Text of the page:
Try using this HeartMath tool when you are facing an immediate difficult decision or situation. Start by recognizing what you’re feeling and give it a name. Is it fear, anger, anxiety, frustration, disappointment? Naming your feeling will help you to accept and understand what’s going on in your body.

Then, focus on your heart area and breath in love for about a minute. This is an act of self-compassion. If negative thoughts or feelings continue to arise, just refocus on your heart area. As you focus on your heart, you want to radiate this compassion to any issues you are experiencing (fear, inadequacy, insecurity, self-pity).

As you do so, you’ll notice those feelings subside. Sitting with your feelings and giving them space for understanding, gives them less power over your actions. When you give your feelings the attention they demand – but in a calm and self-compassionate way – they are less likely to pop up in destructive ways.

3. Create New Habits

If you’re looking to do something new on a regular basis, like speaking up more in meetings, networking with other industry professionals, volunteering for more difficult assignments and projects, you need to form a new habit.

The trick to successfully establishing a new habit is to pick something small and associating it with another, already well-formed, habit. For example, if you want to voice your opinions and ideas in meetings more often, start with one safe-feeling meeting that happens at work. If you have a weekly, small team meeting, try speaking up here first – ask a question or suggest an idea.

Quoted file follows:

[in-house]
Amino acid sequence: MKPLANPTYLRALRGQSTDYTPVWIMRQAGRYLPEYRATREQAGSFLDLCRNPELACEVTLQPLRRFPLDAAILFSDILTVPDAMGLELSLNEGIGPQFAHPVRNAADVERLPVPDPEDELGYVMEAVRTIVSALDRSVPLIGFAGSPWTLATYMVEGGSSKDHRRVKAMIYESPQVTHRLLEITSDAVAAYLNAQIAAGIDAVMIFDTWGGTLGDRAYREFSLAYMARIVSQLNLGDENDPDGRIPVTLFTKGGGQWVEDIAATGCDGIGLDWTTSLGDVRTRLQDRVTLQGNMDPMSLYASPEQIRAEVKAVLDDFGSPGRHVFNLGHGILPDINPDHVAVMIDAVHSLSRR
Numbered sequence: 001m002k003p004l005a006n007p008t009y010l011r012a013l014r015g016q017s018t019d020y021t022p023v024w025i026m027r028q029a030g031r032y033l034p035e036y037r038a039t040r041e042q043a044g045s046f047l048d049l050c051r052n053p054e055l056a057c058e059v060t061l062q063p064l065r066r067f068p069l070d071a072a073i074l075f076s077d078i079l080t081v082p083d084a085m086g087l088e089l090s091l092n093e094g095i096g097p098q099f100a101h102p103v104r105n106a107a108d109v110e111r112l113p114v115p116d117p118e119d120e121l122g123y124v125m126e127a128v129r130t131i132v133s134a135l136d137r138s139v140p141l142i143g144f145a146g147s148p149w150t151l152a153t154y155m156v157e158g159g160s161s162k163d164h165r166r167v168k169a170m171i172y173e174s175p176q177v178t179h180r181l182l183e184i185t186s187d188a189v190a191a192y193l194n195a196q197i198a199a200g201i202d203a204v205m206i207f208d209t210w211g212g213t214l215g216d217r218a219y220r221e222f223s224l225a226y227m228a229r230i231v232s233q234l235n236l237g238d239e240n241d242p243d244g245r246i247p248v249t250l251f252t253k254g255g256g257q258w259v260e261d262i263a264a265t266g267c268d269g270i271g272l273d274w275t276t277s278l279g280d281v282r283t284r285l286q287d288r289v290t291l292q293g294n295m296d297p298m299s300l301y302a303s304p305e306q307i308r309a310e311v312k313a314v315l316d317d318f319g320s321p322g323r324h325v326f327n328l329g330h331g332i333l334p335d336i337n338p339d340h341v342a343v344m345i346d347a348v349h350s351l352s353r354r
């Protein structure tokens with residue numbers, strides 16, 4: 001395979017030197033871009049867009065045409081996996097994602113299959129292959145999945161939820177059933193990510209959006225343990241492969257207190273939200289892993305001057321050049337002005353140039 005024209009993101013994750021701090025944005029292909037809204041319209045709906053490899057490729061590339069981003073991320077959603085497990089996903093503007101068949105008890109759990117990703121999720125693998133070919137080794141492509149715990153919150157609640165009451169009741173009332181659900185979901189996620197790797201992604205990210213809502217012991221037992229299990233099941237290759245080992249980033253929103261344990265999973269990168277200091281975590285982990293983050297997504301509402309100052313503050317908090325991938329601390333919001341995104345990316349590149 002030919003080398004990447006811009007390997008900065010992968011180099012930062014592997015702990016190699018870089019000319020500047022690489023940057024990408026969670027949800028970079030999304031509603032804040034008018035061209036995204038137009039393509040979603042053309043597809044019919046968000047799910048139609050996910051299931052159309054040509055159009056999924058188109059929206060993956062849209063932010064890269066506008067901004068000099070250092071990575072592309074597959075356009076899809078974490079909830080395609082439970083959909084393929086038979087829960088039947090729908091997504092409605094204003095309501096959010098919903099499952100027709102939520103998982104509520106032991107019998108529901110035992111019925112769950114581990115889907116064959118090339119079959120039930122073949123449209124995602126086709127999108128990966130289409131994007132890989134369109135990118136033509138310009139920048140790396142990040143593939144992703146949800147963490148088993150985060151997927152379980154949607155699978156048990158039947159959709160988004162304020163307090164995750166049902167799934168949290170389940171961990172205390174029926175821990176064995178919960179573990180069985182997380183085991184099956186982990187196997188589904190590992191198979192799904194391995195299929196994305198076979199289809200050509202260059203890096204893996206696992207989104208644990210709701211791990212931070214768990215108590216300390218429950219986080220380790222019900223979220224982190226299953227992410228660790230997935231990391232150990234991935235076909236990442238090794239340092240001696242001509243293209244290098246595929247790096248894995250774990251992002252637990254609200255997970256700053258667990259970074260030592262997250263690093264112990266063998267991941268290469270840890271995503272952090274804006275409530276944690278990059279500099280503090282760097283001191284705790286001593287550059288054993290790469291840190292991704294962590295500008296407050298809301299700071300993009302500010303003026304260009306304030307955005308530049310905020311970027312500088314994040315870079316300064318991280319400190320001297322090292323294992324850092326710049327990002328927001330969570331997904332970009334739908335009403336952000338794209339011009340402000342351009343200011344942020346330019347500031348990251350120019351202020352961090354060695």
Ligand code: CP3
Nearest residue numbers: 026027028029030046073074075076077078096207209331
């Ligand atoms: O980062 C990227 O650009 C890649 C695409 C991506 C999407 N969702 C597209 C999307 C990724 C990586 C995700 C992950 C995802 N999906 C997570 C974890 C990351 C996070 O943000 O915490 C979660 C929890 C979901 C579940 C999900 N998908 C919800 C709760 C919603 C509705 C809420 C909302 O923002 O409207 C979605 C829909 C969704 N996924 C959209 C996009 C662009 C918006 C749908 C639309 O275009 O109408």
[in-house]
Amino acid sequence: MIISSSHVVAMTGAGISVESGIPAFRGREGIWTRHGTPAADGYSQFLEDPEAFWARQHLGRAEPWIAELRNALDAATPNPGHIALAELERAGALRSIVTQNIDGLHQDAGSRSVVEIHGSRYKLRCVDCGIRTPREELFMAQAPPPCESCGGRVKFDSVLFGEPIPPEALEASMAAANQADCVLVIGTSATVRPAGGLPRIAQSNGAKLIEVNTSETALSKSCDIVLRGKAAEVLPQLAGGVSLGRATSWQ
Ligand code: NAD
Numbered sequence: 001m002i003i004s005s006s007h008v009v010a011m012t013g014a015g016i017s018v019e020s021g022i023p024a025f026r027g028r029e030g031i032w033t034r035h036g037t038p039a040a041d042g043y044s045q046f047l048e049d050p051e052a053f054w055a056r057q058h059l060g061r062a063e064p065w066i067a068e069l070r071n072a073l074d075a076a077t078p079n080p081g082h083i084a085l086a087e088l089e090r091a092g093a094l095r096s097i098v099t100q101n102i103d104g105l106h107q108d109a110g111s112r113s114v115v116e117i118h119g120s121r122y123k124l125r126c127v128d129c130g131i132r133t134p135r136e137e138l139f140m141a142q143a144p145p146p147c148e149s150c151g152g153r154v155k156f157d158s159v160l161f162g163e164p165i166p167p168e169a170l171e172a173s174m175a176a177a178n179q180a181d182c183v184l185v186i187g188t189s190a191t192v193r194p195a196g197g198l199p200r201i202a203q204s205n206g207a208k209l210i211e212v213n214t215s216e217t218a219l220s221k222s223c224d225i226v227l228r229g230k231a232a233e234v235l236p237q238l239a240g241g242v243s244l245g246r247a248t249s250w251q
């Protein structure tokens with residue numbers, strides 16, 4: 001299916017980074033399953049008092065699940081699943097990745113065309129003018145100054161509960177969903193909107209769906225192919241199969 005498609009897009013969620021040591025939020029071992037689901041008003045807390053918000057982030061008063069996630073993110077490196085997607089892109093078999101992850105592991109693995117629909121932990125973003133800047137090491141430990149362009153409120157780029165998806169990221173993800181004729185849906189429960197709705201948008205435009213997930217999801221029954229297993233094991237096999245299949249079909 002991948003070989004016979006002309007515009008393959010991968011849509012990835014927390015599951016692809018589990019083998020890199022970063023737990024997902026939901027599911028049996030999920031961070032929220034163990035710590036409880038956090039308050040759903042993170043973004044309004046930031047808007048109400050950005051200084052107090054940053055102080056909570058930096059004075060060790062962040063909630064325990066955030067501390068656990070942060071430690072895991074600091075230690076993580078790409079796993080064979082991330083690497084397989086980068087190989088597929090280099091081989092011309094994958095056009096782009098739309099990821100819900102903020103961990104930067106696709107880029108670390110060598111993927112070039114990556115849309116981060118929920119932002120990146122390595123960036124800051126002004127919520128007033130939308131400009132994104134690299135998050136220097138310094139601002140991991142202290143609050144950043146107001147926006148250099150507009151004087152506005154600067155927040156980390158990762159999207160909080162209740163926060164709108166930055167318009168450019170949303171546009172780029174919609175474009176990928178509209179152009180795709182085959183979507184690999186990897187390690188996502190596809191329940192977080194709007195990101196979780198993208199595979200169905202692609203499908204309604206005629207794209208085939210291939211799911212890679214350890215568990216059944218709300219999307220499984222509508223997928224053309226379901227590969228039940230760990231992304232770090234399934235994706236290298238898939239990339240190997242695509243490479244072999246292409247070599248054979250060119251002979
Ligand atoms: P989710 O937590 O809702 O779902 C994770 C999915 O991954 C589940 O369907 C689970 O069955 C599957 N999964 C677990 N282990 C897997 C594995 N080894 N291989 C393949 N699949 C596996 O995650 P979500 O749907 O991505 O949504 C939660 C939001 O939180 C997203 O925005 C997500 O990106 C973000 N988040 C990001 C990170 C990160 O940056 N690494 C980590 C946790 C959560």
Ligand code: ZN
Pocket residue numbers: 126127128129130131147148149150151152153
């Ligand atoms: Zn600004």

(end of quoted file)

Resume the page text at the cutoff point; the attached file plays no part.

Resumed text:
Once this becomes a comfortable habit, try it other more senior meetings. If expanding your professional network is a goal, connect your regular social media activity or web-browsing habits with LinkedIn.

After checking your Facebook messages, pop over to LinkedIn to send a few new connection requests.Whatever new habit you’re trying to create, make sure it’s easy and achievable. You can always build on it later; the most important part is making sure you consistently perform the new action.

4. Normalize Change in Your Life

Perhaps the best way to embrace change, is to make it a regular part of your every day experience. Cultivate a life where change is normal and welcomed.

Here are my top 4 tips for embracing change in your day-to-day life.

1.Be Open to New Things. Give yourself permission to be vulnerable.

2.Be Playful. Don’t take yourself too seriously, it relieves the pressure.

3.Be Yourself. Living authentically can refresh your attitudes and remove limiting expectations.

4.Be Inspired and Motivated.